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Water Softener and Acid Neutralizer Systems

Discussion in 'The OT' started by The Merg, Feb 21, 2012.

  1. The Merg

    The Merg 1*

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    Jun 24, 2007
    Northern VA
    Well, it looks like I need to get a water treatment system in my house. My copper pipes are definitely getting corroded. So, with the new water treatment system I will also need a water softener as my water hardness right now is borderline and after installing the neutralizer, it will be considered very hard.

    Does anyone else here have a water softener and acid neutralizer system? If so, are there any brands or models you would recommend to use or stay away from? I expect to be in my house for a long time, so I'm looking for a long-lasting system. I'll reserve some of my thoughts about what I've seen so far till I get some other opinions.

    I am not looking at having a water filtration system installed. I just need the neutralizer and the softener.

    -Merg
     
  2. runner861

    runner861 Icon

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    Mar 20, 2010
    I have had a Culligan water softener since 2003. It has seemed to do a good job. The water consistently tests as very soft. It uses salt, and I understand that in some places in California (and perhaps elsewhere) the salt units are banned because of pollution concerns (salt discharge damaging the environment). I am not an expert in the field.
     
  3. The Merg

    The Merg 1*

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    Jun 24, 2007
    Northern VA
    I'll be using a salt unit for the softener. The two companies in my area that I've been told to stay away from are Culligan and Rainsoft. Around here Culligan makes you use them to recharge the neutralizers each year, which runs about $200 in a tech fee. I can most likely handle that myself.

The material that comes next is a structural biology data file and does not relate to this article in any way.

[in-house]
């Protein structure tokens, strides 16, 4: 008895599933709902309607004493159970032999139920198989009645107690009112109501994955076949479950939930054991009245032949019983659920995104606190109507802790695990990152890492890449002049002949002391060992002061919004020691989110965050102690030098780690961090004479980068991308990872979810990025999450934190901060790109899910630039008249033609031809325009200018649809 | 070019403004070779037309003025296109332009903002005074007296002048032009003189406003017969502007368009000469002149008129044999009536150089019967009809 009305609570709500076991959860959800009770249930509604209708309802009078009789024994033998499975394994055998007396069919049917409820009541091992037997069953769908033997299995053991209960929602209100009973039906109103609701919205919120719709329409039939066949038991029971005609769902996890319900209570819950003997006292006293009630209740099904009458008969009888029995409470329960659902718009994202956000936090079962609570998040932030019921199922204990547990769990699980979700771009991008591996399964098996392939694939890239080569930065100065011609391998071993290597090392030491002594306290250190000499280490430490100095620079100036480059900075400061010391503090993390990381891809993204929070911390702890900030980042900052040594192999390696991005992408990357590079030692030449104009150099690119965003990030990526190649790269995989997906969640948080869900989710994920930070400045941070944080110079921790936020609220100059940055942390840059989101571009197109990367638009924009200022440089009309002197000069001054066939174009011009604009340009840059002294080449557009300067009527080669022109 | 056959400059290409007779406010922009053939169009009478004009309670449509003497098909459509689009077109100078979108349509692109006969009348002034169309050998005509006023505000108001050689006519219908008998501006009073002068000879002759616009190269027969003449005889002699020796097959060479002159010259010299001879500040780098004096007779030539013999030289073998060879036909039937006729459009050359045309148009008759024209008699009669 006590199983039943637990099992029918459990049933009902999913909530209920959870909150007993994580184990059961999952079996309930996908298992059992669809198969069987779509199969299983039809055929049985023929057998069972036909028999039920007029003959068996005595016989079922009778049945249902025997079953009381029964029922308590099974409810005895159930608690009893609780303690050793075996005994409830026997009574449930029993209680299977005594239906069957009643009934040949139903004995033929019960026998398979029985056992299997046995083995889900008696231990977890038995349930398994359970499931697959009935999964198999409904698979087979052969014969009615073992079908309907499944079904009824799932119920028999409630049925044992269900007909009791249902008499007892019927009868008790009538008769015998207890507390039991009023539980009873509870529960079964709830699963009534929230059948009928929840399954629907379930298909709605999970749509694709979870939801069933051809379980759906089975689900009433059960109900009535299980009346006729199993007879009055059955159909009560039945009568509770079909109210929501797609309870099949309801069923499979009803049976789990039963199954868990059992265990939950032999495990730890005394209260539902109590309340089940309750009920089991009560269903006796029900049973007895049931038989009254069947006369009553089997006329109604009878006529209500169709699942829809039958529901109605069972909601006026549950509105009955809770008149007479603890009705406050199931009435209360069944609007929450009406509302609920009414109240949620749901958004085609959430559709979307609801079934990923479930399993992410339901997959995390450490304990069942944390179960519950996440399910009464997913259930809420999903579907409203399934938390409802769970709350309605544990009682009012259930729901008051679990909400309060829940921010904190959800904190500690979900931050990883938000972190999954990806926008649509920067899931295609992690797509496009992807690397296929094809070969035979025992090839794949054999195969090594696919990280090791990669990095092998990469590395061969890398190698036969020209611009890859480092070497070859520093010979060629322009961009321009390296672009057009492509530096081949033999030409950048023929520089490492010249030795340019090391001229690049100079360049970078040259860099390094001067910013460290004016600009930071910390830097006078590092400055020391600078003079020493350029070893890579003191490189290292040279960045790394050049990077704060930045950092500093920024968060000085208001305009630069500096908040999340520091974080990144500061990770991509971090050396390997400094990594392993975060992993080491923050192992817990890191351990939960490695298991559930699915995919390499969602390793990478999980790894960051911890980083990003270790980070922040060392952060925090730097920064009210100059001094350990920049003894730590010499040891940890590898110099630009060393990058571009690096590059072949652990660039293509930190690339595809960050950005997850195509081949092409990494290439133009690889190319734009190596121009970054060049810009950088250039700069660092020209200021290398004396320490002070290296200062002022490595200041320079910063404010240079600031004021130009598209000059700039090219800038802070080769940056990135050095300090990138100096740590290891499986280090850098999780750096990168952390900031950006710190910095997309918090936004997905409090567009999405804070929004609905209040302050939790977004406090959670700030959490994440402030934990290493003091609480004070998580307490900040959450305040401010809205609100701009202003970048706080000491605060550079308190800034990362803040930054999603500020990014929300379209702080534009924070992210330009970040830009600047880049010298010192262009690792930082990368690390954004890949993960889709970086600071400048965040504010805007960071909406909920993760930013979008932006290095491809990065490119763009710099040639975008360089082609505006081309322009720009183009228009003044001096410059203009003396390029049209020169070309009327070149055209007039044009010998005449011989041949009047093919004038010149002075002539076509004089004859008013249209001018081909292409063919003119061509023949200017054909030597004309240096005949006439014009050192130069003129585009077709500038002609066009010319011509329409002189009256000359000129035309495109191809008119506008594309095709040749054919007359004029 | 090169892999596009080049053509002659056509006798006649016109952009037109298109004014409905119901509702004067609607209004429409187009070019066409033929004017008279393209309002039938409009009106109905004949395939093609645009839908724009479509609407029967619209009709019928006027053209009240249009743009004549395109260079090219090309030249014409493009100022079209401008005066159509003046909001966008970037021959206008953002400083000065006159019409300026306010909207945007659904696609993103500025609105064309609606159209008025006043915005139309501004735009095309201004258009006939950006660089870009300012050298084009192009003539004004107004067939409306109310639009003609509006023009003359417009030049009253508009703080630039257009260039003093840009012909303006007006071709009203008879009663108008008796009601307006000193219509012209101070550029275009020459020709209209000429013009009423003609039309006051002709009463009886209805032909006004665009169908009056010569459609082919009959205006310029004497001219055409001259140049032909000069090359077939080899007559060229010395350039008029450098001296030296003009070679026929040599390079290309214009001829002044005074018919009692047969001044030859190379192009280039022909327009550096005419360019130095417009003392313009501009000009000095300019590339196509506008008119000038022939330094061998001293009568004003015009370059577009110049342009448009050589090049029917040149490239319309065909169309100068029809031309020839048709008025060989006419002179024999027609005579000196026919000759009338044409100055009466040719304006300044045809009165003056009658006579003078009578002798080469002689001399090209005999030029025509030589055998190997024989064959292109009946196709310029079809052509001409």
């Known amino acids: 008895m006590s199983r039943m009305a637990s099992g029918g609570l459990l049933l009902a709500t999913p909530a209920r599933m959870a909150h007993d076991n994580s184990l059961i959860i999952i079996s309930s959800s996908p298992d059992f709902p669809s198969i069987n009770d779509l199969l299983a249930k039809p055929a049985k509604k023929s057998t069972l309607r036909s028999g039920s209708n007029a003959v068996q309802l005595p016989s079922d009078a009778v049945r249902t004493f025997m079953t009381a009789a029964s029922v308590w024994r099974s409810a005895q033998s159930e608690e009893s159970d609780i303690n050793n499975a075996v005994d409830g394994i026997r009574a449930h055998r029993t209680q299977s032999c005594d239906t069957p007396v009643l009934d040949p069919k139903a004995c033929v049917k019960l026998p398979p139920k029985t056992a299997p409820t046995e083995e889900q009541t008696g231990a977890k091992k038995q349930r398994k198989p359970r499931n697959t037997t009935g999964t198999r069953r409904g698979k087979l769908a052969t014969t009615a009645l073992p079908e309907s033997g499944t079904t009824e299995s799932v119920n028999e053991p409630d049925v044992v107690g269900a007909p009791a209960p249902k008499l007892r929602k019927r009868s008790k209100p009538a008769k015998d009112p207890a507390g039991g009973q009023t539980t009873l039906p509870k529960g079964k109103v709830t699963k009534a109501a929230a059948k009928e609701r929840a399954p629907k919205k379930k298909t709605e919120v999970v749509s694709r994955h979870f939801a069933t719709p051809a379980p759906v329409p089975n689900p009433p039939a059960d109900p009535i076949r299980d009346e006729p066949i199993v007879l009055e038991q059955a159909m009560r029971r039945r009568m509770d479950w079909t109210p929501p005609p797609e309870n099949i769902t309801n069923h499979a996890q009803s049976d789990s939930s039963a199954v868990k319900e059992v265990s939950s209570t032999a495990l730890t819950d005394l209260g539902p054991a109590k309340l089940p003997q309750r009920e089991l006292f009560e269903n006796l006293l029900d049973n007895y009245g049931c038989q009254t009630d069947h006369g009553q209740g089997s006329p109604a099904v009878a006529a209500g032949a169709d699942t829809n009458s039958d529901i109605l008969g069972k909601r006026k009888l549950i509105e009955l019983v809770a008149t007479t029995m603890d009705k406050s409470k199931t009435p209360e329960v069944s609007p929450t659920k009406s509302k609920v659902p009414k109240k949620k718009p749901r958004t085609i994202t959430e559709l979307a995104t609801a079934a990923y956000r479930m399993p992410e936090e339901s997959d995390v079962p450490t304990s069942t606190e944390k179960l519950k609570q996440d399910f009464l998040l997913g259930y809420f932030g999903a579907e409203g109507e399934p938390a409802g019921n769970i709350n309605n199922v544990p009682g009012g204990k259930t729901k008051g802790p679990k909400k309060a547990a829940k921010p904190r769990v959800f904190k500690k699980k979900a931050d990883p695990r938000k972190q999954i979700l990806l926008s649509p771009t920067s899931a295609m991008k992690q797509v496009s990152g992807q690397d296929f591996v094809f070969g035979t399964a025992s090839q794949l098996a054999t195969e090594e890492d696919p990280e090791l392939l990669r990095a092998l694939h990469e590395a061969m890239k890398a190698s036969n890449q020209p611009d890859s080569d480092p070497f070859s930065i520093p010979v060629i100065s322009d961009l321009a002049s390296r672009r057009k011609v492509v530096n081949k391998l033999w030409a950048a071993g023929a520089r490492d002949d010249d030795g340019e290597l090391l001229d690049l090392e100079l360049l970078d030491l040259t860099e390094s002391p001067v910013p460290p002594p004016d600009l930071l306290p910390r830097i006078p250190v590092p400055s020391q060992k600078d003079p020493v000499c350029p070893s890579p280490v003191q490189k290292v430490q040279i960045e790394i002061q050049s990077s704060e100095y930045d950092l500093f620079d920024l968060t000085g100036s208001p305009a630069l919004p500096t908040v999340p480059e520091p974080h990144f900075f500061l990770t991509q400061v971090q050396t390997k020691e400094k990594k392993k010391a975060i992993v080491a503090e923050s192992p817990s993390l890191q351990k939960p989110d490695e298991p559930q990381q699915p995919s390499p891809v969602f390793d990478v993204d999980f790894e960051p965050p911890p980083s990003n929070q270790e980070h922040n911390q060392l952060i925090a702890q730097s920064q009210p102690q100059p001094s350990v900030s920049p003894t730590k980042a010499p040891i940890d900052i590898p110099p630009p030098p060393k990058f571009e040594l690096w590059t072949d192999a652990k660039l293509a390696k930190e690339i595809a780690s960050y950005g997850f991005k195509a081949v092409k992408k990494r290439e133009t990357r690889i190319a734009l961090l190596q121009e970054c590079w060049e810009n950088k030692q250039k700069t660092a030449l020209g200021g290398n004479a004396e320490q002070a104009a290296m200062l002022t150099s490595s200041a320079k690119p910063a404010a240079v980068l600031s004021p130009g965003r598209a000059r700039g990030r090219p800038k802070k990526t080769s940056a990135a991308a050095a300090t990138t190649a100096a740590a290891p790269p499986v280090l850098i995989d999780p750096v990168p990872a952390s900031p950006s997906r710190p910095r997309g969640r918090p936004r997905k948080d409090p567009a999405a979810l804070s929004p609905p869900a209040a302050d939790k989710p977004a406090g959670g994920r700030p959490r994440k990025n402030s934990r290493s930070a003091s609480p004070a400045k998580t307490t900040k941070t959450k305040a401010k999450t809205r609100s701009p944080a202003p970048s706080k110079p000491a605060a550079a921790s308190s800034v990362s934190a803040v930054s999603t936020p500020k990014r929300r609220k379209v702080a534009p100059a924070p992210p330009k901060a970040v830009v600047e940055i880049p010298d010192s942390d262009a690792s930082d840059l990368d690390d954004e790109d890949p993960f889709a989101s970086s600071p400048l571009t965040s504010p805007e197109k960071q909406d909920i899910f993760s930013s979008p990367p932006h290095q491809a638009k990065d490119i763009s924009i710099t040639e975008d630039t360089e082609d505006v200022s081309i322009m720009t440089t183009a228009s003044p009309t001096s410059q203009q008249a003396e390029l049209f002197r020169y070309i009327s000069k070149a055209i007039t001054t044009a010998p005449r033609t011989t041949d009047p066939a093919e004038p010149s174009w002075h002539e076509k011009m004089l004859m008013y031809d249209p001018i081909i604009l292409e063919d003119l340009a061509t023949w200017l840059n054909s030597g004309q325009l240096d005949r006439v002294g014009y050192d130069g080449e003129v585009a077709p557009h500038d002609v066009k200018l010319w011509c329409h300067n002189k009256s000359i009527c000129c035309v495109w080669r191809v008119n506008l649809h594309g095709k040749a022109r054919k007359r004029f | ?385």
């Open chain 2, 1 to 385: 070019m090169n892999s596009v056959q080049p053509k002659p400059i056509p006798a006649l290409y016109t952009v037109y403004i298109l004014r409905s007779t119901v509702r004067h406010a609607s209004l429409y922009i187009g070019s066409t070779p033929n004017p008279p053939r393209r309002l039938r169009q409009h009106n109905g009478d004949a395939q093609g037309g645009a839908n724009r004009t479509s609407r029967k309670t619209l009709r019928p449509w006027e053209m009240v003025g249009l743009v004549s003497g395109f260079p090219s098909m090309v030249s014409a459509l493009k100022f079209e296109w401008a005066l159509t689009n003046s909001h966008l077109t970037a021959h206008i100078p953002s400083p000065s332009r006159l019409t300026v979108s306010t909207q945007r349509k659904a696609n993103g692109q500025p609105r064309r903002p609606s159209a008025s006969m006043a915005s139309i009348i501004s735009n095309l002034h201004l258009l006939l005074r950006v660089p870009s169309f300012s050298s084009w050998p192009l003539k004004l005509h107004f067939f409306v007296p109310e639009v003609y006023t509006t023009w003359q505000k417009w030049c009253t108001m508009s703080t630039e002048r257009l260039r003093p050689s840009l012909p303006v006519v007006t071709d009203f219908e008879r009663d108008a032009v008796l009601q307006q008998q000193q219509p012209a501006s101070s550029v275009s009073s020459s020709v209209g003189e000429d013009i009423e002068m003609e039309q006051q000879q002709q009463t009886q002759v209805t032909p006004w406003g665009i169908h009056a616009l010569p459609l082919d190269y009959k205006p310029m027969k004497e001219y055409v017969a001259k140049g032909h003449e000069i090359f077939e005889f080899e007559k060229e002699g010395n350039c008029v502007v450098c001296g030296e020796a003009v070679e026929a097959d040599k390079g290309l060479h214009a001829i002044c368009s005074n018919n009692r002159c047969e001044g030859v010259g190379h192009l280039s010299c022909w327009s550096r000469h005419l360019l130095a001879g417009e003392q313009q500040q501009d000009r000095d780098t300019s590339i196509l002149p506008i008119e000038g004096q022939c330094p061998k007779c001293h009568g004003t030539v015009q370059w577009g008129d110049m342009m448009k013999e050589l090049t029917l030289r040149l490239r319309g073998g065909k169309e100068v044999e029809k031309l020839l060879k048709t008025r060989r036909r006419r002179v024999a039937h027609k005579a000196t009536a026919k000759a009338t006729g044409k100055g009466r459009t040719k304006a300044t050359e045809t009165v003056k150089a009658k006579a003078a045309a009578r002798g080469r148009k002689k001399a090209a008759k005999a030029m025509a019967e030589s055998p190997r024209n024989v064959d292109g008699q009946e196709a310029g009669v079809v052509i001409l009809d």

- Merg
     
  4. dmspen

    dmspen Hall Of Fame DBSTalk Club

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    I have a Rainsoft Gold series softener. It's been terrific for the 7+ years we've had it. On the installers recommendation, we use Potassium Salt instead of Sodium Salt. Our water is great and has literally no hardness detectable. When they installed the unit, they also installed an outside spigot for car washing.

    The Potassium salt is quite a bit more expensive than sodium chloride (NaCl). It does last over twice as long though. I refill my slat container twice/year and it costs about $70 each time. I wouldn't live without it!
     
  5. runner861

    runner861 Icon

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    Mar 20, 2010
    I use the traditional sodium chloride rock salt. What would be the advantage of potassium chloride? It lasts twice as long? If I switch to that, do I have to modify the softener in any way?
     
  6. Go Beavs

    Go Beavs Hall Of Fame

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    If you're on a sodium restricted diet, using potassium chloride won't put any more sodium into your water.
     
  7. The Merg

    The Merg 1*

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    Jun 24, 2007
    Northern VA
    No modification is needed. Most water softeners can use either/or. And even though KCl lasts longer, it is still generally more expensive in the long run compared to NaCl.

    But as mentioned, for those with sodium restrictive diets, KCl is a better option.

    - Merg
     
  8. dmspen

    dmspen Hall Of Fame DBSTalk Club

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    Exactly. Regardless of which salt is used, some is left over in the resin and filters during regeneration. Trace amounts of potassium is much better than sodium. My system can do either as I expect most can.

    OK, I just repeated everything from the last 2 posts.:nono2:
     

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